INMA World Congress 2015 New York City

The numbers speak for themselves: 10 Western iMedia fusion journalists reached a total of 3.4 million people worldwide with their innovative multiplatform coverage of the annual world congress of the International NewsMedia Association (INMA). Total exposure for the story reached 22.8 million people, according to independent metrics agencies.

The editorial project was four months in design and training, capped by 72 hours of nearly non-stop coverage and production work. During that time, the team wrote 49 serial-segmented articles published online with code enhancements; several hundred media-augmented social narratives over a range of networks; and 53 tightly crafted media packages that adapted common smartphone formats to professional editorial requirements.

See all the packages at bit.ly/whatsnextinma15.

It altogether documented the meeting of more than 480 top media executives from around the globe in New York City deciding the future of news brands.

The executives from 45 countries attended the 85th annual World Congress of INMA, a news industry strategic trade organization. They spent May 10-12 at The TimesCenter in Manhattan deliberating the state of the world’s media and evaluating the latest digital techniques in news publishing.

All the while, the staff of Western iMedia, an innovative editorial startup embedded in the WKU School of Journalism & Broadcasting, was using those very same digital techniques to report the meeting’s proceedings to a worldwide audience. This was the fifth year in a row that the International NewsMedia Association had commissioned Western iMedia to manage its editorial coverage.

It’s what we do

With business cards sporting job descriptions such as news experience designer, contextual producer, storybuilder, multiplatform media composer and editorial technologist, the iMedia team at INMA comprised students Leah Brown of Louisville, Ky.; Catherine Havel of Louisville, Ky.;Amanda Johnson of Nashville, Tenn.; Nolan Miles of Bardstown, Ky., Brian Powers of Naperville, Il.; and Anna Wilkins of Russellville, Ky. In addition, three recent WKU and Western iMedia alum are providing production support: Nicole Coomer of Bowling Green, Ky.; Matthew Langston of Paducah, Ky.; Brie Logsdon of Philadelphia, Pa. They were directed by Kerry J. Northrup, an international media executive who serves as WKU’s Turner Multimedia Professor and Professional-in-Residence in the School of Journalism & Broadcasting.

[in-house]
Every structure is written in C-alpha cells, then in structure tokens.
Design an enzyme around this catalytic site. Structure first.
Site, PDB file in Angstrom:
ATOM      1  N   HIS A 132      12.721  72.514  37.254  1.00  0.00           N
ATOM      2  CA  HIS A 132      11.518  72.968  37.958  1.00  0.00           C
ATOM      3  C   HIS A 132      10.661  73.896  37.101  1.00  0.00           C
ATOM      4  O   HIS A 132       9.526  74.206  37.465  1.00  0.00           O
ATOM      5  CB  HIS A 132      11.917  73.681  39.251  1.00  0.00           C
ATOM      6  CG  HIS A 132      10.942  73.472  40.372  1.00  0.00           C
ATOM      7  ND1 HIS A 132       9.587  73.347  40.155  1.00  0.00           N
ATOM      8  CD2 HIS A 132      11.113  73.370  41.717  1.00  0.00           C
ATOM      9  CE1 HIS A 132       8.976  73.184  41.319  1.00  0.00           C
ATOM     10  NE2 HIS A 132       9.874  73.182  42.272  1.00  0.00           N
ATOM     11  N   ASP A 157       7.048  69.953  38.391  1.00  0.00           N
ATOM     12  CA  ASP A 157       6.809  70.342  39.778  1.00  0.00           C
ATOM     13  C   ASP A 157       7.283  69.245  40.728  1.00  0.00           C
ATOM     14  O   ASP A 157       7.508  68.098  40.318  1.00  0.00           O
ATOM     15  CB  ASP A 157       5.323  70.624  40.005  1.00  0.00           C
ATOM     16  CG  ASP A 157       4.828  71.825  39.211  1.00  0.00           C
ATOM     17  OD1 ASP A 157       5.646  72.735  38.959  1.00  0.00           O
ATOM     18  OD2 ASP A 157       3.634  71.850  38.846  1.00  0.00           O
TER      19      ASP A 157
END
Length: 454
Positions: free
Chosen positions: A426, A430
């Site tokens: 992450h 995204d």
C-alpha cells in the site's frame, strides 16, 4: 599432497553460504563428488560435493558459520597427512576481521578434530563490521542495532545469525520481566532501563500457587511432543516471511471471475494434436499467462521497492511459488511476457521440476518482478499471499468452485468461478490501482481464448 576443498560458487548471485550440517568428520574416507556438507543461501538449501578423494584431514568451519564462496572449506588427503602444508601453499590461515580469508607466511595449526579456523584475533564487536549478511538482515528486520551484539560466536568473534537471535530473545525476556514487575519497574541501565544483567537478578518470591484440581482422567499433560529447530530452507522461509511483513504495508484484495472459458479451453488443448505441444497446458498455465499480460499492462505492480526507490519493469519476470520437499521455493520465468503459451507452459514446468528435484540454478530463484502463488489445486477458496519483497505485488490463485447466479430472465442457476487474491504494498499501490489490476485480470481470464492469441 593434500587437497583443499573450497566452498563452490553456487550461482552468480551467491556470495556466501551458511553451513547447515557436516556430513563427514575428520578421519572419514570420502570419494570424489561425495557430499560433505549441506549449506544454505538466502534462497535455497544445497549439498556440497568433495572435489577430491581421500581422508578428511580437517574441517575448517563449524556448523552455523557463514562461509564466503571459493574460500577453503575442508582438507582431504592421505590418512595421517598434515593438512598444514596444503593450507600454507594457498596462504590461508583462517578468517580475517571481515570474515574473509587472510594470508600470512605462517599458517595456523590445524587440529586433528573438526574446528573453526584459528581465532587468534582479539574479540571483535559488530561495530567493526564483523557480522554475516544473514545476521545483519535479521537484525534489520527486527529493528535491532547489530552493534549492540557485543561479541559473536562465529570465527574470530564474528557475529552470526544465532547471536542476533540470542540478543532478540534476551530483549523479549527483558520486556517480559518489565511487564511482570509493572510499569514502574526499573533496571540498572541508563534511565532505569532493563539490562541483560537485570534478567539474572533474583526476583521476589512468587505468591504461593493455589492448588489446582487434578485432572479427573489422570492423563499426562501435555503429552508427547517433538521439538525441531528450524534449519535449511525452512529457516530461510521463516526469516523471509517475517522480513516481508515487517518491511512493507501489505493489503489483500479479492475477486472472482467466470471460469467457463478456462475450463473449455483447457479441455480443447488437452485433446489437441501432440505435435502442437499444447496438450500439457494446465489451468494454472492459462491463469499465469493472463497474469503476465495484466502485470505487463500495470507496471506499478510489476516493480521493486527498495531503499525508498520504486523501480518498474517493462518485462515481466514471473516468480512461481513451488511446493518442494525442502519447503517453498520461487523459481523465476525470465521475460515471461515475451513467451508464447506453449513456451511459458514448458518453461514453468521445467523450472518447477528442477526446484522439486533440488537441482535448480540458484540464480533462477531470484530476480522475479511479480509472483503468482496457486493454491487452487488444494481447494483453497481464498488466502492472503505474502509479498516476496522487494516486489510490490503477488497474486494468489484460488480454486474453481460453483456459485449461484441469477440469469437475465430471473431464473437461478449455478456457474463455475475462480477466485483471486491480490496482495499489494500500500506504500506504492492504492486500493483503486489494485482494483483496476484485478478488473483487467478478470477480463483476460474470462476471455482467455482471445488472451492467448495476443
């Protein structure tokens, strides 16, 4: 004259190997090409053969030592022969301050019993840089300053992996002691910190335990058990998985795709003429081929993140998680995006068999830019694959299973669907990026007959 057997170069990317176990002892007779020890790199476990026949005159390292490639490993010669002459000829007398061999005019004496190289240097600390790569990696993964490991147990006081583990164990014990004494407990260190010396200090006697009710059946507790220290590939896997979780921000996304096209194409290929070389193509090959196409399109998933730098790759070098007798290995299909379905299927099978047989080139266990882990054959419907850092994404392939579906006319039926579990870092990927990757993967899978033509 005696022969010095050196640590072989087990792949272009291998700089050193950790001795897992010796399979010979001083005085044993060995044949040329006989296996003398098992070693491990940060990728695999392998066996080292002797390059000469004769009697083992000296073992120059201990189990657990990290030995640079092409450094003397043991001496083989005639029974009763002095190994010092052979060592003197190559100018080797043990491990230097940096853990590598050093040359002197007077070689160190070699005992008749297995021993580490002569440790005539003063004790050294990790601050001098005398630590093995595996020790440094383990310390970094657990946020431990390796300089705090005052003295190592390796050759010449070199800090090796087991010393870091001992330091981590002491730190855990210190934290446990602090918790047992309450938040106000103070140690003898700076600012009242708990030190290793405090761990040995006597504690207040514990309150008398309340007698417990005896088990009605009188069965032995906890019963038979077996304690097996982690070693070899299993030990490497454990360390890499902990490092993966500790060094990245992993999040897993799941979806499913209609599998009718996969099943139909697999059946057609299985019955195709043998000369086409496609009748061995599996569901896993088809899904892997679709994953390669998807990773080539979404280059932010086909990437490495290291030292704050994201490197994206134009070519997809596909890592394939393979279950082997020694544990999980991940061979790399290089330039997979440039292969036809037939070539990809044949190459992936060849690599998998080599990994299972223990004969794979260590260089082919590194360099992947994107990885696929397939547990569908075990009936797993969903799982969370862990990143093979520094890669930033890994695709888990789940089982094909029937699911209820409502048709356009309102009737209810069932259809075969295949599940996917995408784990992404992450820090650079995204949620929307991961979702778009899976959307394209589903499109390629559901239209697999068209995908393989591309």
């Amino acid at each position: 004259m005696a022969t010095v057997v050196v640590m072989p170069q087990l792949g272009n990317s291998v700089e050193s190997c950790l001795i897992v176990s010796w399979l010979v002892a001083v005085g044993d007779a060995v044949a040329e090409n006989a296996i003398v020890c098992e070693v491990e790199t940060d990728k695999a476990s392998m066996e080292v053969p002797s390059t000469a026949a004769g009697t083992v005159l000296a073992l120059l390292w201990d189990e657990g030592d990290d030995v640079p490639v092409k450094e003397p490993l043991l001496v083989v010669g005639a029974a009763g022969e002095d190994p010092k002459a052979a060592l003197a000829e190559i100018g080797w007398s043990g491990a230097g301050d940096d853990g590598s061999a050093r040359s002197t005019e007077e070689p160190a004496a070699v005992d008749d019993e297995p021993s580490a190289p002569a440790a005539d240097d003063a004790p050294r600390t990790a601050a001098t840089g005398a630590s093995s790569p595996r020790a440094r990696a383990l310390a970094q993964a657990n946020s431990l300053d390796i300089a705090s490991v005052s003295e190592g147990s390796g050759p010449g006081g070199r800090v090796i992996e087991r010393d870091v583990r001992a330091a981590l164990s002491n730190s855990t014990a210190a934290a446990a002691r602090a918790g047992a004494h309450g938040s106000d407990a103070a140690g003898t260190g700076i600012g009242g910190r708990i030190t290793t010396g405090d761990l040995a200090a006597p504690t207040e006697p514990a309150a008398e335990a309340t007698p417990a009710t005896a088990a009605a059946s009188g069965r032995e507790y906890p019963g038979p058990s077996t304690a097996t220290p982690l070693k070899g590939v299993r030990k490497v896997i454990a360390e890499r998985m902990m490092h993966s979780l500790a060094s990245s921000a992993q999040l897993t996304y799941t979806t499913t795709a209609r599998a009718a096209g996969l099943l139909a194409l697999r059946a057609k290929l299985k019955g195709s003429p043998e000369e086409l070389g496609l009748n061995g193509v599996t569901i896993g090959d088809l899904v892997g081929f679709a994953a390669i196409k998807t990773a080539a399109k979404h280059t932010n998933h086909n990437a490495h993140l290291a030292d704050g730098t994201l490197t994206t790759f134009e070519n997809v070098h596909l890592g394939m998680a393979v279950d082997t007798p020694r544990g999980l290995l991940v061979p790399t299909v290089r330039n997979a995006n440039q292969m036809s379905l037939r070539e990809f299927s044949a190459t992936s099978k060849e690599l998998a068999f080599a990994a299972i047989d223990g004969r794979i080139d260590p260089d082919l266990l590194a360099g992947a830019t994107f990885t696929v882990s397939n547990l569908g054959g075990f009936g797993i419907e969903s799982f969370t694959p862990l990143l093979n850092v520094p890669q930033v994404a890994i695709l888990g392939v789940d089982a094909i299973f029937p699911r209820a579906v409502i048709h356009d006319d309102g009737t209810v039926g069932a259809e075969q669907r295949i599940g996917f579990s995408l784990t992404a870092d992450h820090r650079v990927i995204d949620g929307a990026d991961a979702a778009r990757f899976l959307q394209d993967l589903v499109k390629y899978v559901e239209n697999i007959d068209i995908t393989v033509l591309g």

“The fusion journalists of Western iMedia combine the ethics, mission and production values of quality editorial work with an atypical range of expertise in making that work more tangible, more accessible, more meaningful to contemporary media participants,” Northrup explained. “These are adaptive storytellers primed to work in and even create the new mainstream media. They don’t just tell stories but also design and produce the environments in which people engage with those stories across multiple technologies and platforms.”

Western iMedia typically creates news story through a combination of media formats such as augmented reality, 360-degree live-action video, massive data visualization panels, serial-segmented episodic narratives and interactive mobile apps.

“Each of our projects is intended to not only accomplish significant journalism but also to prototype new storytelling technologies and techniques for the world’s news industry,” Northrup noted.

For the INMA Congress, Western iMedia created an integrated package of mobile-optimized Flipagram video and audio clips, multi-component narratives accessed online through custom-coded content triggers, and a virtual “tweetstorm” of socially networked audience interaction.

The bulk of the work was published through INMA’s World Congress hub at inma.org/wc and through social networks using hashtag #inmawc15.

“For us, this entire event – all these thought leaders coming together at one place at one time talking about the future of media, the ideas and consensus that come out of it, the deals and projects that are launched, the emotion that surrounds it of opportunity looming or lost, and the influence all this has on changing the way things may work tomorrow – we approach this as all one big, complex story with very many pieces, the technical and the human,” said Northrup. “It can’t be told adequately through classic media, especially not in a way that connects with the essential Millennial media participants who are shunning classic media. It requires a non-traditional massive-media approach. That’s what we do.”

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